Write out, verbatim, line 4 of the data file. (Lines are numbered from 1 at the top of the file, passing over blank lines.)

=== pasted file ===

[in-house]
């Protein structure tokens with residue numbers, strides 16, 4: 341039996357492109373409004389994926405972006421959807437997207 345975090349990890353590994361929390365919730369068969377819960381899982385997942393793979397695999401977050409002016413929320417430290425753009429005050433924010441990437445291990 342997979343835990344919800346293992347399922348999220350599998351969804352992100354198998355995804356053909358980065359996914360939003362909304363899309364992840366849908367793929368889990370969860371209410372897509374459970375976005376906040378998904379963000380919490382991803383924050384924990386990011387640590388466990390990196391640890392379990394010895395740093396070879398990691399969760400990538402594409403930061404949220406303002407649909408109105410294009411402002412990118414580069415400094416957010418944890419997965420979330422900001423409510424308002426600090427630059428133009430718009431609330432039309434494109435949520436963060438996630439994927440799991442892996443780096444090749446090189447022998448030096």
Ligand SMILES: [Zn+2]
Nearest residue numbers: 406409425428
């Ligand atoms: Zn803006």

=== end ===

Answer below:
Nearest residue numbers: 406409425428